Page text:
Melbourne, Australia

The art of choosing a great graffiti tag


The art of choosing a great graffiti tag

A lot goes into a name. It is your identity and must have a good sound and contain letters you like. We reached out to some of Australia's best and most experienced writers to ask them how they chose their tag and what they think makes a great tag.

1. What do you think is the recipe for an excellent graffiti tag?

Awes - A tag must stand out, so be designed well. It should ooze style and be quick to do, so one to three lines to create the tag.

Ling - Style and flow. Ideally, a good hand style should apply to any combination of letters
regardless of the tag / name.

Amuse - First, you gotta have a good style that suits the letters you choose. If the letters are long and straight (v, f, l, n or t) better to have a taller and a long and aggressive style. If the letters are round (s, e, b or g), these can look good with a loopy and flowing style. Most importantly, practice heaps of variations on paper with pencils, pens, textas, and chisel tip pens. If it looks good with the top angle of chisel pointed at 11 o'clock, you're onto something.

Regardless of how I think, if you like it, that's all that really matters. Lastly, practice on the mist on the shower screen using 2 fingers to make a chisel tip. This and two finger dusties are good for handstyle practice.

Awes, Ling and Amuse tag styles

2. Have you got any tips for creating a good graffiti name, and how did you come up with yours?

Awes - My name was all about what letters I liked, so I went to the dictionary and found a word with my preferred letters,

Ling - Anything not too silly and not too long (anywhere 4-6 letters is probably the sweet spot). Most writers move onto new names or use multiple, so there's always the possibility of changing. I find that tags often represent their owner's attitude towards graffiti. E.g. Hand styles weren't as important to me when I first started, and as a result, my tags weren't as good whilst my pieces were more technically proficient. I've only really started putting a more conscious effort into improving my tags recently after 20 years of painting.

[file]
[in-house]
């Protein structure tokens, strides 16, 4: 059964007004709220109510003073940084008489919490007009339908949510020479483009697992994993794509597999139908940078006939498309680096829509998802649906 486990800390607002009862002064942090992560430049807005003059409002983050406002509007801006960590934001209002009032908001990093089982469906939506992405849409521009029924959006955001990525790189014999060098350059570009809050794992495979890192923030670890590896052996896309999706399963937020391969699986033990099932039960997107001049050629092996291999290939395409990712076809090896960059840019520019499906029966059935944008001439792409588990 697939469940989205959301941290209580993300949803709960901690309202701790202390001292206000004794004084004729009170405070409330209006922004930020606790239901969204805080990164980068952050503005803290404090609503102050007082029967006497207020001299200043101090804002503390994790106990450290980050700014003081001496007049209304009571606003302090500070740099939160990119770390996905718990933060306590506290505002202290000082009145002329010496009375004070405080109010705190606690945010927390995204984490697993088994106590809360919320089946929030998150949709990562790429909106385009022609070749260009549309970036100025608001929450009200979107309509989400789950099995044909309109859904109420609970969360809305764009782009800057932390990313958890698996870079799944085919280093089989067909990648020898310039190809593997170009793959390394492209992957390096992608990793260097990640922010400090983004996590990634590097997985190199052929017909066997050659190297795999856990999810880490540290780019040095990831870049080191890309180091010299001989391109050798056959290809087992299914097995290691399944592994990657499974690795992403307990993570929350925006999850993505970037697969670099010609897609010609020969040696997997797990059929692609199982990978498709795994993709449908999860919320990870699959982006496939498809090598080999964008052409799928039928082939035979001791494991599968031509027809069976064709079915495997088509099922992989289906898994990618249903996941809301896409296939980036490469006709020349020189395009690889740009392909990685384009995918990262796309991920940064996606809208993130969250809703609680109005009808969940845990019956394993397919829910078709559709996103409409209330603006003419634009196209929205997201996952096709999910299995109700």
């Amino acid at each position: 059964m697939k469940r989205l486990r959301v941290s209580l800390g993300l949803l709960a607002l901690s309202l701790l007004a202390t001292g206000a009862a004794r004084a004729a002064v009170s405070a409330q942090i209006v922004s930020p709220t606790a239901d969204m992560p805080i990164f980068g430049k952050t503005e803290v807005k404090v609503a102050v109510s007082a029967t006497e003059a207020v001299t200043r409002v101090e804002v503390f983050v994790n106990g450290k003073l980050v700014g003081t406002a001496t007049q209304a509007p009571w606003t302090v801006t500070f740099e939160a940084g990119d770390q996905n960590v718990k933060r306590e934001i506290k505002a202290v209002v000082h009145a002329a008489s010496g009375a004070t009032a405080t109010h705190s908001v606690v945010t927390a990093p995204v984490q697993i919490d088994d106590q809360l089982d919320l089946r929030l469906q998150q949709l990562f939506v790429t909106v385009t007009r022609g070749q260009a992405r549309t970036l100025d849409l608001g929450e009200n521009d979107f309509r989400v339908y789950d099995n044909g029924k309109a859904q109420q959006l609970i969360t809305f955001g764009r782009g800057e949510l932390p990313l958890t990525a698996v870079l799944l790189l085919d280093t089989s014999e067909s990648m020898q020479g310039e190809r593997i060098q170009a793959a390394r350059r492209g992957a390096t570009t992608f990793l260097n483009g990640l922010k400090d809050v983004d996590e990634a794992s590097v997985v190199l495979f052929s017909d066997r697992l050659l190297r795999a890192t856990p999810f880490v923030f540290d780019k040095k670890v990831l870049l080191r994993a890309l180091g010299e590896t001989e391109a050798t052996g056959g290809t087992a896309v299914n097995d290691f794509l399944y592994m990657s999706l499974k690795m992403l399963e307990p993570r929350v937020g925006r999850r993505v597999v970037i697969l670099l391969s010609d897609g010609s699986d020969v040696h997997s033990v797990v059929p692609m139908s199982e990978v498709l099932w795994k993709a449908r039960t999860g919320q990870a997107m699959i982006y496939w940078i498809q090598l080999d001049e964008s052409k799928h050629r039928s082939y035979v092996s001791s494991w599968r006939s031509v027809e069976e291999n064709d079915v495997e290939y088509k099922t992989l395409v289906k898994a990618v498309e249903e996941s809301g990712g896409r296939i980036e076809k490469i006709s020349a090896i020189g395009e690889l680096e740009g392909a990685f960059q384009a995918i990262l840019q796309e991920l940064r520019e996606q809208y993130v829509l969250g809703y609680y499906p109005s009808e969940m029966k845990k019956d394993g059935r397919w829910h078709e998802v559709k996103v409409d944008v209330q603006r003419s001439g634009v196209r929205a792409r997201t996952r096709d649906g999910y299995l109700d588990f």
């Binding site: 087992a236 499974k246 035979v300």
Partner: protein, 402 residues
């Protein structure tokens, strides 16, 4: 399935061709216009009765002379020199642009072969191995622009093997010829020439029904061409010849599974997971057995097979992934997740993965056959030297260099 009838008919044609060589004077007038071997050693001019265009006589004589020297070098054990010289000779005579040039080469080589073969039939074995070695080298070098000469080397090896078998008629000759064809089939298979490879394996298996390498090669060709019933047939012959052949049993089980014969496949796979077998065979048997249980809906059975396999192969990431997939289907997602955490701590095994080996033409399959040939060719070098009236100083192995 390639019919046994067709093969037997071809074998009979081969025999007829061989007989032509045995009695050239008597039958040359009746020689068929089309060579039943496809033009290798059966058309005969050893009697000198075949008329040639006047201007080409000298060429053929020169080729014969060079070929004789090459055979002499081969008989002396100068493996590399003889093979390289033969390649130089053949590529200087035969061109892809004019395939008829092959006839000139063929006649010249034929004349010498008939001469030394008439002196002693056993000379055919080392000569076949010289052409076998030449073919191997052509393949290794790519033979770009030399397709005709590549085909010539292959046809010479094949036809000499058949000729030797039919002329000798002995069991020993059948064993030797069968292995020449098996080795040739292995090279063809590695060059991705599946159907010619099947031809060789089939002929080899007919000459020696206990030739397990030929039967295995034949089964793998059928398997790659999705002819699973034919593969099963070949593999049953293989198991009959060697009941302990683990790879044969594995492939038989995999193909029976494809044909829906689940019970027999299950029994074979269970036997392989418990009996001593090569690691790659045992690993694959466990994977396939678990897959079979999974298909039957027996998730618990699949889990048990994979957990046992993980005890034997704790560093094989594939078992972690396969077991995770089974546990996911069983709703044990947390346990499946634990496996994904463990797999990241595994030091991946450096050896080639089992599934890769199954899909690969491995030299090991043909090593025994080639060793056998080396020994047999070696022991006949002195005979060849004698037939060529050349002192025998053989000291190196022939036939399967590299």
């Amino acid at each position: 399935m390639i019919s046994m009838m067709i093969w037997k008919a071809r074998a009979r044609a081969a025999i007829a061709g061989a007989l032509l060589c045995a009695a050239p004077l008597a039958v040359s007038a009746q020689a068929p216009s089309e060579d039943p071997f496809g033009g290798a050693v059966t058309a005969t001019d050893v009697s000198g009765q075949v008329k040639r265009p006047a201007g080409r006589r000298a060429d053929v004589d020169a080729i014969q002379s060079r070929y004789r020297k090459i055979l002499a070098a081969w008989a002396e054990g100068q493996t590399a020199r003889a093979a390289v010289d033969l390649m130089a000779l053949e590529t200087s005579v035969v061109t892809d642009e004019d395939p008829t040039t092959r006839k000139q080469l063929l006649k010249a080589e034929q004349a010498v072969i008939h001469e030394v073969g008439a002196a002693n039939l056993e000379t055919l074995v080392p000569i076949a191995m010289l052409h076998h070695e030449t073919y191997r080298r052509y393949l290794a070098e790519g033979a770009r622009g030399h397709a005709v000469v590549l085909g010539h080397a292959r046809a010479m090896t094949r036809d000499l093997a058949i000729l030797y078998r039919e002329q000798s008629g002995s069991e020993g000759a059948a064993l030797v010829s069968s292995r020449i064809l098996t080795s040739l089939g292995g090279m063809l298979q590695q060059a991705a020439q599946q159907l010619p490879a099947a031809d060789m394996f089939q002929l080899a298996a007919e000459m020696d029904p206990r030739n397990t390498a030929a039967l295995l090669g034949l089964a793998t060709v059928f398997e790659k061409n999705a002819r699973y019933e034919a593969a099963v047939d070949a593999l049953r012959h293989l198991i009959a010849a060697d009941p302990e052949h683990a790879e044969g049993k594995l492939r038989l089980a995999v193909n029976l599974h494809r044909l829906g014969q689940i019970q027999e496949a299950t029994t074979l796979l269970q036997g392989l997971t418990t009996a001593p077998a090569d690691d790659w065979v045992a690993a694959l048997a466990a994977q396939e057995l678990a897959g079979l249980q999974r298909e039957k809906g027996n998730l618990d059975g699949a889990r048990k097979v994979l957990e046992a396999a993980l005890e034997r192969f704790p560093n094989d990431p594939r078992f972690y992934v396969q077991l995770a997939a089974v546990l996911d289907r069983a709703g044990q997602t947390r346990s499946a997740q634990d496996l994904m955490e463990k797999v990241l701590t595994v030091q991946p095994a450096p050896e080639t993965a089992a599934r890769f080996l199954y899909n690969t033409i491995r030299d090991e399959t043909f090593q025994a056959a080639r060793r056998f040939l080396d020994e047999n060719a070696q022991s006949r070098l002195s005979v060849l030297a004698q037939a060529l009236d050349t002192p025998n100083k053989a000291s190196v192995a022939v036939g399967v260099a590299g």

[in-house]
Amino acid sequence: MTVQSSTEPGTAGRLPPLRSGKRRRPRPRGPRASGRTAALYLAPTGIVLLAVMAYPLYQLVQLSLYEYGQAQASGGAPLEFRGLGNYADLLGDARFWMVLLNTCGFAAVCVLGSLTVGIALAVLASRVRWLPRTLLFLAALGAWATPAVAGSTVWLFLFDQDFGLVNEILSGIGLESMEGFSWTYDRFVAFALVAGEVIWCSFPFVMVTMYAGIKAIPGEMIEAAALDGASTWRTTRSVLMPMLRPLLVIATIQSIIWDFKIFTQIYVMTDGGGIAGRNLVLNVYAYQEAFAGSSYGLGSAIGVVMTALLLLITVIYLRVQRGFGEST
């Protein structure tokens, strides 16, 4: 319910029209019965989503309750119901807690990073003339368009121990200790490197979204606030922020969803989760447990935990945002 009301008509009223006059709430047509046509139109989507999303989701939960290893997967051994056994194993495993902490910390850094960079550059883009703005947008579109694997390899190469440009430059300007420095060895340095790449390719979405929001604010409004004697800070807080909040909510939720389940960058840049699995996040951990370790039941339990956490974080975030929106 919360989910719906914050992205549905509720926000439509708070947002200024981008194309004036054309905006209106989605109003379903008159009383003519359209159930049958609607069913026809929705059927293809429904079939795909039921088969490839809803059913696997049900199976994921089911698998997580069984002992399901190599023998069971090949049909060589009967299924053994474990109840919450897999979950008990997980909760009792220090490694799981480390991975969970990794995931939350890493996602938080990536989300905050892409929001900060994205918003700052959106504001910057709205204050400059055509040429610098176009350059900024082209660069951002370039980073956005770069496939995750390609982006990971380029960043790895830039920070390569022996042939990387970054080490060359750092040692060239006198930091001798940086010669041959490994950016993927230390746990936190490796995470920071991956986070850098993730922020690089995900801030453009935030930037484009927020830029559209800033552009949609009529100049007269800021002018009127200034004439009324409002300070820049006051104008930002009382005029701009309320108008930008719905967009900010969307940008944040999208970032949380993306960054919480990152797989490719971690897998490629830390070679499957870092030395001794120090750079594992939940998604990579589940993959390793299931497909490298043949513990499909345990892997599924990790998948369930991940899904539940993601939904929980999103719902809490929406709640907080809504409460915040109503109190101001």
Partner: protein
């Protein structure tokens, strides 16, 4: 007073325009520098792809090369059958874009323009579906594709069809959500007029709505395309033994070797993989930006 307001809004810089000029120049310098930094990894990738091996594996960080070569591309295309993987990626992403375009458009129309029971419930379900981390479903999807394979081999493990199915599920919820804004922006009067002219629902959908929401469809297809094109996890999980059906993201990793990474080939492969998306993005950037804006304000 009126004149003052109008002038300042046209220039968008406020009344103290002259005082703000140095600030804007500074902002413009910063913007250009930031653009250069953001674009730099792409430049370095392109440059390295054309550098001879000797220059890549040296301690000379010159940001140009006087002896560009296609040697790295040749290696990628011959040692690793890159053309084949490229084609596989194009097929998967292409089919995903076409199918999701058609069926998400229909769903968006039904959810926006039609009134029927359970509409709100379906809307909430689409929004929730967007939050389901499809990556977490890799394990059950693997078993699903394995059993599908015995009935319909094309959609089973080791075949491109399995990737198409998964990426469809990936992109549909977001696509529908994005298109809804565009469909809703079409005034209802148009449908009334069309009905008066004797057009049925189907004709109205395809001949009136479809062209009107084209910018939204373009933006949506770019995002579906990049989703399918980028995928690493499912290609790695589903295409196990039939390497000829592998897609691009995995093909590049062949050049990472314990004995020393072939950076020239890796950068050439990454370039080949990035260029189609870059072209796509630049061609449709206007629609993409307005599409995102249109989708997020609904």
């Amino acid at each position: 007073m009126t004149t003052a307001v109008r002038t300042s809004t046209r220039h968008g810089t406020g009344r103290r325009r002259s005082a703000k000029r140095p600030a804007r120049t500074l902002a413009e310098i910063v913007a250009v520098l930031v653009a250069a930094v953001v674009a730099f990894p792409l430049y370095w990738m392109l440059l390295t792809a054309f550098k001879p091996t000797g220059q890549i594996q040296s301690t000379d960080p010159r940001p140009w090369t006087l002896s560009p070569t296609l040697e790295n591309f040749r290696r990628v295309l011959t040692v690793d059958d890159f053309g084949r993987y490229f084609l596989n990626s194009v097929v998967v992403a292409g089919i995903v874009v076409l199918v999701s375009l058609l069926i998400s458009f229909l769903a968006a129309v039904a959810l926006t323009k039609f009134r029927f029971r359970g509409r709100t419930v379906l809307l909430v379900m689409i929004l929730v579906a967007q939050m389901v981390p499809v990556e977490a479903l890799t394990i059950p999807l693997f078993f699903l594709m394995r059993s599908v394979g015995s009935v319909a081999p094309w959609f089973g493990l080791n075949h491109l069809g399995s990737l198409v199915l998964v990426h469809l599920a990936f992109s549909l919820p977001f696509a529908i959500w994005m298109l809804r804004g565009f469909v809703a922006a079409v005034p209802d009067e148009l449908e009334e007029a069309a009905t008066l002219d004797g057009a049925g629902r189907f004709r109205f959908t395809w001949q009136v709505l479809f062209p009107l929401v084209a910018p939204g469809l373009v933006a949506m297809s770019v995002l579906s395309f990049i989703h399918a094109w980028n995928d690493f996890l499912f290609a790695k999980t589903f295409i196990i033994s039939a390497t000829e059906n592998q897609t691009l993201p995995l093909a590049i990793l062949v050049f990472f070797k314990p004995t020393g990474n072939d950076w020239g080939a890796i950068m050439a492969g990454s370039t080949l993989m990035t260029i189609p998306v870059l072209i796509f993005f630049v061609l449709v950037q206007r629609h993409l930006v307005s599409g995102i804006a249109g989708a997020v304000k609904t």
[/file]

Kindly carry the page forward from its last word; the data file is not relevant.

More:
My first tag was Linguist. I thought that was good based on graffiti being based around words. On reflection, it was a dumb word and far too long, so it was quickly shortened to just Ling.

Amuse -If you're keen on getting up a lot, find a short tag that can be made into a one-line tag; it'll serve you well later. If you want to be known for your pieces, better to have a name that represents you somehow or means something to you. The right name will keep you painting even when you doubt yourself. Most importantly, DO YOUR HOMEWORK. Only write tags not taken in your city/country unless you like getting capped.

I researched to make sure no one else was using it in Sydney. Once I got the green light, I spent ages formulating a 1-line tag that was quick, a 1-letter throw-up with an identity and stood out, a 5-letter throw-up, and many, many different amuse piece outlines. Every piece I have done is completely different, and that challenge keeps the name exciting 25yrs later.